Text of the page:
‘Pupils need to attend school regularly to benefit from their education. Missing out on lessons leaves children vulnerable to falling behind. Children with poor attendance tend to achieve less in both primary and secondary school.’
School Attendance – Departmental Advice August 2013
In recent years a lot of research has been carried out on the importance of good attendance and the effect that poor attendance can have on children’s attainment and their future life chances. For example, 90% attendance might sound quite acceptable but what that means in reality is:
- on average half a day’s school missed every week
- in one year four whole weeks of schooling missed
- in five years half of a school year missed.
- a GCSE grade drop in attainment in each subject
Across Dorset schools there is a clear pattern:
- if a student is absent for less than one day a month they have an 87% chance of getting 5 A*- C grades at GCSE
- if a student is absent for less than one day in a fortnight they have a 75% chance of getting 5 A*-C grades at GCSE
- if a student is absent once a week or more they have only a 20% chance of getting 5 A*-C grades at GCSE
Habits of poor attendance and lateness in school are often repeated in working life. Poor attendance in the work place cost the UK £12 billion in 2003. One billion hours of teaching time was missed by children in the UK in that same year!
At Cranborne CE VA First School, the classroom doors open at 8:35 am and Attendance Registers are taken at 8:45 am. Pupils who are not present for registration are marked as absent initially. If a child then arrives before 9:15 am, this will be changed to ‘present but late’. Any pupil arriving after 9:15 am will be marked with an unauthorised mark, unless there is another reason for the late arrival, for example a medical appointment.
Persistent lateness is followed up, initially by a meeting between the class teacher and the family to ascertain reasons and explain the impact of the lateness. If punctuality continues to be an issue, the Headteacher, Annette Faithfull and/or Sian Murphy the Attendance Lead will meet with the family.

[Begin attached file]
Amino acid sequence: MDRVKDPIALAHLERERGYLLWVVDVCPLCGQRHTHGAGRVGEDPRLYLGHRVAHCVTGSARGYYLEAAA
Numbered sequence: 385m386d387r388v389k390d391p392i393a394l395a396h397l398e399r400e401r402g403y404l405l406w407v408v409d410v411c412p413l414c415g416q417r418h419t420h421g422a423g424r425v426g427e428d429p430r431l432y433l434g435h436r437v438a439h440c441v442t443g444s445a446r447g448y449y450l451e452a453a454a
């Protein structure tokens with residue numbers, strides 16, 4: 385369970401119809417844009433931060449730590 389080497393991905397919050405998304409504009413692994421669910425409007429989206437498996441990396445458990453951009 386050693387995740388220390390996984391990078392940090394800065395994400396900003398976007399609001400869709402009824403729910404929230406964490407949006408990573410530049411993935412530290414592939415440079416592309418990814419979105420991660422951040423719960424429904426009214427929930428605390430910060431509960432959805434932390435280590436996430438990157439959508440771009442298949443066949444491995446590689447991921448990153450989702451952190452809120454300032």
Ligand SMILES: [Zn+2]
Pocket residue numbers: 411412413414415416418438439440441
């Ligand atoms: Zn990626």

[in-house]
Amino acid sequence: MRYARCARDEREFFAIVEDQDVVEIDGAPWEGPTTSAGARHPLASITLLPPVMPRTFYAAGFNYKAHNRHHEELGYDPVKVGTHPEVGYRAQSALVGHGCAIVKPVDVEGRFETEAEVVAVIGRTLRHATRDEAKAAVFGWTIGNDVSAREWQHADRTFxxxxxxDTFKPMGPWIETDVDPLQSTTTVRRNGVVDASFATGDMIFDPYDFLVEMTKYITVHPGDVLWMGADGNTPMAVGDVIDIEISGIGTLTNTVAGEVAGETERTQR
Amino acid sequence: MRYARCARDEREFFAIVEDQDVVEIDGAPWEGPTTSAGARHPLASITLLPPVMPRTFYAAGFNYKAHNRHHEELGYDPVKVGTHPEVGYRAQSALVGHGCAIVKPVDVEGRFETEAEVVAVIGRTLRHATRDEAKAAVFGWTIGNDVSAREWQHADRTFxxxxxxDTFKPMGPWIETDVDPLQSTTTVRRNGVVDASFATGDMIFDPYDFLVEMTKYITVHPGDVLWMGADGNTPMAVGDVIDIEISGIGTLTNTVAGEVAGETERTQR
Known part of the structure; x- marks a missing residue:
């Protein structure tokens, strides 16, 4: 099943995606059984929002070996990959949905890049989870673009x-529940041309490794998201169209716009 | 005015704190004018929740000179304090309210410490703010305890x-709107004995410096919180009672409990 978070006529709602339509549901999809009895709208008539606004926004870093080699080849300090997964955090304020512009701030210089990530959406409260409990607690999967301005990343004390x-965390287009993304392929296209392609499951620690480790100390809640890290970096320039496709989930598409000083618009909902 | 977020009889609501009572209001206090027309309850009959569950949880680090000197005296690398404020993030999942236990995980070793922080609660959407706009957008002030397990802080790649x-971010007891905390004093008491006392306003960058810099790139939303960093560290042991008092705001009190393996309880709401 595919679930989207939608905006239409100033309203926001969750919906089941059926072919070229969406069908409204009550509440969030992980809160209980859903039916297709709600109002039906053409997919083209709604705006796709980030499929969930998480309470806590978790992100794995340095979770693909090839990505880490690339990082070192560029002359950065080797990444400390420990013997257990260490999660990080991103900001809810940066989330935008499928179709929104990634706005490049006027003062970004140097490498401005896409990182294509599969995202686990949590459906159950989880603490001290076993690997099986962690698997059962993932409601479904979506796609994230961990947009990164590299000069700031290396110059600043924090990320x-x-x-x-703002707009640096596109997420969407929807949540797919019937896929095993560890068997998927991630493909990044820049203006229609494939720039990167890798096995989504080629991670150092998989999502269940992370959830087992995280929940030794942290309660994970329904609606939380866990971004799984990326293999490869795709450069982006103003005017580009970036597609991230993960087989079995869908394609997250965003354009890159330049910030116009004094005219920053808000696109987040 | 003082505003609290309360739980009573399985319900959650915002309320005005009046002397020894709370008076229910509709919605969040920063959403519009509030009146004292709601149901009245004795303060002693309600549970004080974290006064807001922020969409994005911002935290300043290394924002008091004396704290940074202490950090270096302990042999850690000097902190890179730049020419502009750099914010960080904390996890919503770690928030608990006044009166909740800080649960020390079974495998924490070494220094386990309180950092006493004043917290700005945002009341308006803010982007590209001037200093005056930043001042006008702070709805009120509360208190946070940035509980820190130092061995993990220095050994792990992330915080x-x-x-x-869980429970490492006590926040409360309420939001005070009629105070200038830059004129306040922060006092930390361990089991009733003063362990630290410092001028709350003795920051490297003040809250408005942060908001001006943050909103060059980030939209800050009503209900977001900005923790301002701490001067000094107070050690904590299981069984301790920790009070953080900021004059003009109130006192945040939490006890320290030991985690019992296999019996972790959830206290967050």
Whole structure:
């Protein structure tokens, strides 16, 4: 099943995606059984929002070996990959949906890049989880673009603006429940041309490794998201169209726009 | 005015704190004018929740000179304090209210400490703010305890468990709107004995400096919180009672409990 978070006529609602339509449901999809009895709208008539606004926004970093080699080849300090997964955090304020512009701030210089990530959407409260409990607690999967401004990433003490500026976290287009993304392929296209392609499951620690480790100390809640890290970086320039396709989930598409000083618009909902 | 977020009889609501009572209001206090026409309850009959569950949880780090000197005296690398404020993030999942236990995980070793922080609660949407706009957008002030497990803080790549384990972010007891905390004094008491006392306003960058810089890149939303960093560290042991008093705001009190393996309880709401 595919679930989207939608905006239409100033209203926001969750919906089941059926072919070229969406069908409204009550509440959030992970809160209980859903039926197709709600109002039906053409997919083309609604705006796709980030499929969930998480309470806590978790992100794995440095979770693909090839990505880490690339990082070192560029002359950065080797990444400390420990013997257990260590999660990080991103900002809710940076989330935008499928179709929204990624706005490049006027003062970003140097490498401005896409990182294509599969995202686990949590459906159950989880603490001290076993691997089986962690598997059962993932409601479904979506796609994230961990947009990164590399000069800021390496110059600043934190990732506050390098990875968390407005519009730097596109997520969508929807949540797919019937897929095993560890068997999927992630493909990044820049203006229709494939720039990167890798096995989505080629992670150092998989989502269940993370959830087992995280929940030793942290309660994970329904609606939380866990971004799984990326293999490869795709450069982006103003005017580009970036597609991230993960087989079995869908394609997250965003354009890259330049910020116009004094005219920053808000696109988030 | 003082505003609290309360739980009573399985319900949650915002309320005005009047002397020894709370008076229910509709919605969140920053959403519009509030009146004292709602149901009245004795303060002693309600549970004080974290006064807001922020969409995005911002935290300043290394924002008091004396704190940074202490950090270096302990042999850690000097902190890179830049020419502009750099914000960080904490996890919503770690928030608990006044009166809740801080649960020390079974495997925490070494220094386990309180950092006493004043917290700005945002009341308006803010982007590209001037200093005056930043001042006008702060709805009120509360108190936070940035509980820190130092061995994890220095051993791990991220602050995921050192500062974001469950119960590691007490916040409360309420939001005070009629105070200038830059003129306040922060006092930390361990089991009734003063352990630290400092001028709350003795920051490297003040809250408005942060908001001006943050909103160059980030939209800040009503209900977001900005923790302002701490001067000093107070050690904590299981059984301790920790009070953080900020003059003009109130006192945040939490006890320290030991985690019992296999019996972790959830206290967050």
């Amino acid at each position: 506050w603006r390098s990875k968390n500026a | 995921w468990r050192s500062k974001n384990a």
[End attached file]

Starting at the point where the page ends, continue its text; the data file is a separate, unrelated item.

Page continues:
- If you feel that your child is unhappy at school please speak to your child’s class teacher in the first instance. This will ensure that we can work together quickly to solve any issues before they become an obstacle to attendance.
- Ensure that your child attends school regularly, arrives on time, follows the uniform guidelines and brings the necessary equipment for the day.
- Talk with your child about the importance of good attendance at school and how it can affect their future.
- If at all possible try to keep medical appointments outside of the school day, inform the school well in advance if this is not possible.
- Only grant days at home for genuine illness – you know your child.
- Do not take your child on holiday during term time.
- Praise and reward good attendance.
- Report your child’s absence if they are too poorly to attend. Please contact the school before 9:15am. Please do this for each day your child is absent (unless you have informed us that s/he has been signed off by a doctor for an extended period of time).
If attendance is causing a concern we will do everything we can to support our families to see an improvement. We will often seek support from the Attendance Service at Dorset County Council who will work directly with parents and children to help address any issues which may be affecting attendance. Every child’s attendance will be monitored carefully and if a child’s attendance begins to drop a meeting will be arranged with the Headteacher to discuss how we can improve this.